The gap between highs and lows were often a split second. There was no inbetween. For close to 15 years, I lived on a roller-coaster, one on which I either loved, or absolutely despised myself. Exactly as the experts describe, I was excessively high and low to the point where even I didn’t know what I’d do next. How those around me were meant to cope, I’ve no idea. I spent irresponsibly, and found myself in thousands of pounds of debt. To compound it, I lost job after job because I felt so low and couldn’t face the world. I was guilty of poor judgement, I binge drank, I was overtly aggressive and angry. In short, I was a ticking time-bomb,
At the height of the illness, I didn't have the mental capacity to make rational decisions; I wasn't even overtly concerned by stigma. I was scared to speak simply out of self-hatred, why would anyone listen to anything I had to say? I hadn't turned around to the world and said I was suffering with manic depression, so why should the world simply assume I was?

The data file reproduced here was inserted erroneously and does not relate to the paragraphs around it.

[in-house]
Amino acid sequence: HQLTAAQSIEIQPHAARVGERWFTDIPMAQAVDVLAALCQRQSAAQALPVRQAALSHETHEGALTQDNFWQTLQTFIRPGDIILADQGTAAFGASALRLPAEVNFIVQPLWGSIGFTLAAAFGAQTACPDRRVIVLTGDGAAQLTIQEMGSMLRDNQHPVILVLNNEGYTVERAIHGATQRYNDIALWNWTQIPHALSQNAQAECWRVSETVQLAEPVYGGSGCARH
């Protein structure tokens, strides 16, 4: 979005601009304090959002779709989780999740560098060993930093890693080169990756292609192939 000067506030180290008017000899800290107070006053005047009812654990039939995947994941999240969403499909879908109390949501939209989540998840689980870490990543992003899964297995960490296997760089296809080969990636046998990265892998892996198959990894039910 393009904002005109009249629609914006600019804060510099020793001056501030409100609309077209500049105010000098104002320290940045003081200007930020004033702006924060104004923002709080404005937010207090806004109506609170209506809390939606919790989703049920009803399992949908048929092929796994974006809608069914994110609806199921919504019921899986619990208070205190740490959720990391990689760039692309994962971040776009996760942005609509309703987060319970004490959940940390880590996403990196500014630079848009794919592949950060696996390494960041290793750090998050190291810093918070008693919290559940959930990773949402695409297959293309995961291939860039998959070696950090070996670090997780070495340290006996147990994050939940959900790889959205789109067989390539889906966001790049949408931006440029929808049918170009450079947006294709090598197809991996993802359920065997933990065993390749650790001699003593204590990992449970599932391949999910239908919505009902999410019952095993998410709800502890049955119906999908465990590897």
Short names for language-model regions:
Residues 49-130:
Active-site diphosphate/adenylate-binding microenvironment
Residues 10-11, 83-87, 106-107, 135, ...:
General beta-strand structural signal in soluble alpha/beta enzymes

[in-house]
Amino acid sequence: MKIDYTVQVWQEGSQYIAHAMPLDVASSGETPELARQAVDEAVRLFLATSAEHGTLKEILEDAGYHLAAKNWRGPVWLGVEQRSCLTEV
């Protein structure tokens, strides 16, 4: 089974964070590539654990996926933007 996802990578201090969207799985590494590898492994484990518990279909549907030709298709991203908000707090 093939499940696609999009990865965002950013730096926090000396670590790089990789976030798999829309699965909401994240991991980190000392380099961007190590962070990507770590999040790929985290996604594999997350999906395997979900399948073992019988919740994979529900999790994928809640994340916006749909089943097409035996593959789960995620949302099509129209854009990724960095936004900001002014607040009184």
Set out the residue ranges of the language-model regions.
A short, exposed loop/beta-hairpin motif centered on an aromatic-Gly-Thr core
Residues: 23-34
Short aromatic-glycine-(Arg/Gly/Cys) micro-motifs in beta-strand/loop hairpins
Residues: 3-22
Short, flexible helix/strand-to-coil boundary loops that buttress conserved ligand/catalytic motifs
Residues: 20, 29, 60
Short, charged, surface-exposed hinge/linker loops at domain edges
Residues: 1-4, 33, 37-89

Every external sign was that of anti-social, erratic, irresponsible behaviour; without the awareness of mental illness that we have now, that is all I saw and it is all others saw.
Life was most precarious at the entry into mixed state, as I went from mania into depression. I often ‘managed’ this transition with alcohol, so what people saw was someone who binge drunk and could not handle the consequences.
Sadly, those closest to me were often the ones on the receiving end of my violent rage, the same people that I would then crawl back to like a child, racked with guilt, overwhelmed by worthlessness. With each increasingly volatile moment, I died a little. My life was one of running from my own shadow, from creditors, constantly seeking new friends as people understandably walked away.